Shellfish Biotoxin Alert – West Coast North Island
Updated 20 October 2020
Originally published 19 August 2020
The Ministry for Primary Industries (MPI) has issued a public health warning advising the public not to collect or consume shellfish harvested from two stretches along the west coast of the North Island. These are:
- from South Head (Manukau Harbour entrance) to Tirua Point (south of Kawhia)
- from Waipapakauri on 90 Mile Beach to Pouto Point on the northern head of the Kaipara Harbour. This includes the Herekino, Whangape and Hokianga Harbours.
Routine tests on shellfish samples taken from this region have shown levels of Paralytic Shellfish Poisoning (PSP) toxins above the safe limit of 0.8 mg/kg set by MPI. Anyone eating shellfish from this area is potentially at risk of illness.
Haami Piripi from Te Rarawa spoke to Waatea News and said that because of their close relationship with the takutai moana, he fears many whānau will ignore the risk.
“We are so intertwined in terms of practices, protocols, rituals, philosophies, it’s hard to separate the two and we are going to make our own choices and judgments about where the tolerance level is,” he says.
Mussels, oysters, tuatua, pipi, toheroa, cockles, scallops, catseyes, kina (sea urchin) and all other bivalve shellfish should not be eaten – and cooking shellfish does not remove the toxin.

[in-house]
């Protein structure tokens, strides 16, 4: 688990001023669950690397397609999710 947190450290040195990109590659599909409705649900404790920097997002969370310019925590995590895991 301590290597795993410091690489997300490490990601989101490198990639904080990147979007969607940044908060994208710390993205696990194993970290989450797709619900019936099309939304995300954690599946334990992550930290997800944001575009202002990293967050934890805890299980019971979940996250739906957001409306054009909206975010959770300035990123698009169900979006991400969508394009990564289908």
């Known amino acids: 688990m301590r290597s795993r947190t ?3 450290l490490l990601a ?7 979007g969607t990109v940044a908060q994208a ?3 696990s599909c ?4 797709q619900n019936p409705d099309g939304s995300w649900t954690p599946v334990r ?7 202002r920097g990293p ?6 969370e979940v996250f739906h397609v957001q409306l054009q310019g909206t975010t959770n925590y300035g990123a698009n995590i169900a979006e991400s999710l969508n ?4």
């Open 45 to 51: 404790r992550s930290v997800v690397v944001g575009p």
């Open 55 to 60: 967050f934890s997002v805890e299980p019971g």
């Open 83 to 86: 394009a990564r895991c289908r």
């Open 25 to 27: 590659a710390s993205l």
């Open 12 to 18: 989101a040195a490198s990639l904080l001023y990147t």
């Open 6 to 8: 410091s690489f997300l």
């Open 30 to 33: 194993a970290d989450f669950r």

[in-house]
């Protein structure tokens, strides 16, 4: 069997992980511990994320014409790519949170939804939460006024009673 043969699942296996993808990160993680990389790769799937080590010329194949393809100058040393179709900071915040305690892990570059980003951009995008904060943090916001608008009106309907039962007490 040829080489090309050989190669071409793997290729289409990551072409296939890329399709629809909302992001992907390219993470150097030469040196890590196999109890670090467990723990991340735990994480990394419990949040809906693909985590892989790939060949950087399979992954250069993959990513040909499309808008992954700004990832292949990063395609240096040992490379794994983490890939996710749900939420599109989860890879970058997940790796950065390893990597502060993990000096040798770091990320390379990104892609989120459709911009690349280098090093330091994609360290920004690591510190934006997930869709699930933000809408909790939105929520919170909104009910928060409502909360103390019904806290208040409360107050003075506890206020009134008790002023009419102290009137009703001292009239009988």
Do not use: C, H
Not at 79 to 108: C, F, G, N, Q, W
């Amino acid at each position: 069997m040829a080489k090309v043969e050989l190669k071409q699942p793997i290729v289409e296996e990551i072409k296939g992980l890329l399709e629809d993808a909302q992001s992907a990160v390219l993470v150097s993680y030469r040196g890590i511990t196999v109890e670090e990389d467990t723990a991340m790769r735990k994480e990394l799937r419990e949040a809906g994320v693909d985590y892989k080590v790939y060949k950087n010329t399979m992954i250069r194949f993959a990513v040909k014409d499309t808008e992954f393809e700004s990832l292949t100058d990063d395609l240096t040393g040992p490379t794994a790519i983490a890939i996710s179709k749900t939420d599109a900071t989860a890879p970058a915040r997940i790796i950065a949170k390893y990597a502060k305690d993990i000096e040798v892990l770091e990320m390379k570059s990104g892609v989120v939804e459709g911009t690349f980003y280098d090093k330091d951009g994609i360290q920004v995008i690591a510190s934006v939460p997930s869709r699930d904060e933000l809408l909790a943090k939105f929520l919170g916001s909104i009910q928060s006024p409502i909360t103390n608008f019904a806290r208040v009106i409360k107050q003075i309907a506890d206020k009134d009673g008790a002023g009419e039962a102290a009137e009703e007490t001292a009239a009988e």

Pāua, crab and crayfish may still be eaten if the gut has been completely removed prior to cooking, as toxins accumulate in the gut. If the gut is not removed its contents could contaminate the meat during the cooking process.
Symptoms typically appear between 10 minutes and 3 hours after ingestion and may include:
- numbness and a tingling (prickly feeling) around the mouth, face, and extremities (hands and feet)
- difficulty swallowing or breathing
- paralysis and respiratory failure and in severe cases, death.
If anyone becomes ill after eating shellfish from an area where a public health warning has been issued, phone Healthline for advice on 0800 61 11 16, or seek medical attention immediately. You are also advised to contact your nearest public health unit and keep any leftover shellfish in case it can be tested.
Monitoring of toxin levels will continue and any changes will be communicated accordingly. Commercially harvested shellfish – sold in shops and supermarkets, or exported – is subject to strict water and flesh monitoring programmes by MPI to ensure they are safe to eat.
For the latest updates, check the Ministry of Primary Industries website here.